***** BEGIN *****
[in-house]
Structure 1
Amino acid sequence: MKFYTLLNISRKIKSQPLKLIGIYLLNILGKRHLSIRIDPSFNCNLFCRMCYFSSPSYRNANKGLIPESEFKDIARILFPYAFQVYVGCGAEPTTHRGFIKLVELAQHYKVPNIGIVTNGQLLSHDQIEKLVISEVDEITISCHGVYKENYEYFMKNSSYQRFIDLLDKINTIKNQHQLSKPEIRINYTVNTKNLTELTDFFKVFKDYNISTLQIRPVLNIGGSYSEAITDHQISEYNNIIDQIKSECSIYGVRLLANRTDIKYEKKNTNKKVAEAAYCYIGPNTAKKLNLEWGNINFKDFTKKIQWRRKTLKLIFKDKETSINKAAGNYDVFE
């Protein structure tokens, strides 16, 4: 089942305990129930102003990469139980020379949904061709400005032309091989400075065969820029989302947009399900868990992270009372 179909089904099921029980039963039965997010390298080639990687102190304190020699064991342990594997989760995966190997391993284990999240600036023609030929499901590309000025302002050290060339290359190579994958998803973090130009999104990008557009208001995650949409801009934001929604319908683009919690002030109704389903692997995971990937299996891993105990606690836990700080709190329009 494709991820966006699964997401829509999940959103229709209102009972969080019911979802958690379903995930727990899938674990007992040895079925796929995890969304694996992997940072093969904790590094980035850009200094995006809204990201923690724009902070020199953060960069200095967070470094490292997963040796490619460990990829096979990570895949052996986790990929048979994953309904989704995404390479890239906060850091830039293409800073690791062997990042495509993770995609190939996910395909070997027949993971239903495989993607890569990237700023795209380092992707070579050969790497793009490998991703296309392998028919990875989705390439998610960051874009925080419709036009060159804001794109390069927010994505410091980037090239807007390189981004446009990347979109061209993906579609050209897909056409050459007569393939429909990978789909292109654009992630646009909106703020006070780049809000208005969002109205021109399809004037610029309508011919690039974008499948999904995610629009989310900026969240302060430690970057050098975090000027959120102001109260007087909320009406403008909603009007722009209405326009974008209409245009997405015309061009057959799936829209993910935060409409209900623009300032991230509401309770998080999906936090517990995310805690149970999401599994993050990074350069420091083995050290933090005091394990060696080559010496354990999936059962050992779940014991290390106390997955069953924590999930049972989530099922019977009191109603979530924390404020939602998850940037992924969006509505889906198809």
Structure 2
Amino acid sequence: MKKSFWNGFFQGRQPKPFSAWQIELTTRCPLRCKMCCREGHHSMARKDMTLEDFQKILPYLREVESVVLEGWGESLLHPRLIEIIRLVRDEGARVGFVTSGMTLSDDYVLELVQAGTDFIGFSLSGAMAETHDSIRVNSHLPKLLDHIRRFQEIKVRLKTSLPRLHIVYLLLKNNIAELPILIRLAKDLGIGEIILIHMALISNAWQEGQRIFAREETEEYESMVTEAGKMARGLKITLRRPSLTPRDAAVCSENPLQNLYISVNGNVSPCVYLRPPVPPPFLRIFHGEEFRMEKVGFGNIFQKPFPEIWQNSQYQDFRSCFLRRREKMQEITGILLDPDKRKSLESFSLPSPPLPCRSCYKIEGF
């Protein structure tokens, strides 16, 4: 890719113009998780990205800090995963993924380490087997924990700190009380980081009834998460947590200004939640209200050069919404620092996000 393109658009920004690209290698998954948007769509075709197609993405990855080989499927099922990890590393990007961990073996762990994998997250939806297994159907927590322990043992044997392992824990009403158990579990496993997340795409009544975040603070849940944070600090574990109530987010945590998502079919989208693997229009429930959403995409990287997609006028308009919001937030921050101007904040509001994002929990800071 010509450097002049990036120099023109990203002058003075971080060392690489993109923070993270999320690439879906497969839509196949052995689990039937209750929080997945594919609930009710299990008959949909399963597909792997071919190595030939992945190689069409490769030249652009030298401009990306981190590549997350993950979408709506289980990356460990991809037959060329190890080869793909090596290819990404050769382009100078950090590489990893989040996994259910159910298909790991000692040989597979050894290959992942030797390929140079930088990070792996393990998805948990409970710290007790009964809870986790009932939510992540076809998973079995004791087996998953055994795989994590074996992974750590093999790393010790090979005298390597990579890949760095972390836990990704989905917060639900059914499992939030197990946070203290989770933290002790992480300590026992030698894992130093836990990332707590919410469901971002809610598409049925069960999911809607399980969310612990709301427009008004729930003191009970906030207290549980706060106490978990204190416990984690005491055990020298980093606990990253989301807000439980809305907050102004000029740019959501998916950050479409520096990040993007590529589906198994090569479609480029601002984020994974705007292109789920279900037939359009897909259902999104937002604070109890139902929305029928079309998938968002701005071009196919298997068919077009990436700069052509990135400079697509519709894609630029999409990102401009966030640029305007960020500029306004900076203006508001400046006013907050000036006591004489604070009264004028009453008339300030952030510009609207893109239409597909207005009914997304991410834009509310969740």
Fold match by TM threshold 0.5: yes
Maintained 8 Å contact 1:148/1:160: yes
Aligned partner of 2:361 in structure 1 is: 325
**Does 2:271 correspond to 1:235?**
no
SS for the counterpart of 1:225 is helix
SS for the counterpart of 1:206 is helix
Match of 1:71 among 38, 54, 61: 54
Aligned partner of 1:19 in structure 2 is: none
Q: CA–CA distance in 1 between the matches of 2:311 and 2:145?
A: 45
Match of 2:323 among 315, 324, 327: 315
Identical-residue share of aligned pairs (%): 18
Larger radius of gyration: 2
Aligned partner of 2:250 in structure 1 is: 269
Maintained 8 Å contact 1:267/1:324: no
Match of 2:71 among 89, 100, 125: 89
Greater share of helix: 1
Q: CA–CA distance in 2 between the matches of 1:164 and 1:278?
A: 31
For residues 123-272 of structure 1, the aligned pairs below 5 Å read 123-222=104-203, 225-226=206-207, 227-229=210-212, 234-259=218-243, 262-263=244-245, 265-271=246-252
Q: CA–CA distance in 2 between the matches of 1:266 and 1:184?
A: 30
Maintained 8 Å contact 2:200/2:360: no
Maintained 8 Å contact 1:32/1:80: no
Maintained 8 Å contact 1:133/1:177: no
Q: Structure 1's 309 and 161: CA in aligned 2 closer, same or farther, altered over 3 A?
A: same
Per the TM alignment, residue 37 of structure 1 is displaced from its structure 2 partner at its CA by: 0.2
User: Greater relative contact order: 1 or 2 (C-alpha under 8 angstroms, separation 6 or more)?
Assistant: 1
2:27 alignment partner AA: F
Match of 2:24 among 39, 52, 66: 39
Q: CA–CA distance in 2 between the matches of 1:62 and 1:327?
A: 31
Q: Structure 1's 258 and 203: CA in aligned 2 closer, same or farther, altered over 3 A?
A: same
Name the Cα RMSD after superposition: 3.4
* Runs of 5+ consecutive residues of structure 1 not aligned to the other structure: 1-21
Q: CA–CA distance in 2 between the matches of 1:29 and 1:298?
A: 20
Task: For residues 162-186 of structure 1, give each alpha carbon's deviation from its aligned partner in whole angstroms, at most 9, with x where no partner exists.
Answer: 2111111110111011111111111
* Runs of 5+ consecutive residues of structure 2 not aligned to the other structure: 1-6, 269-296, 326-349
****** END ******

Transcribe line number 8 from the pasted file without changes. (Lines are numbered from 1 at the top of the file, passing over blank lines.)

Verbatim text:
Fold match by TM threshold 0.5: yes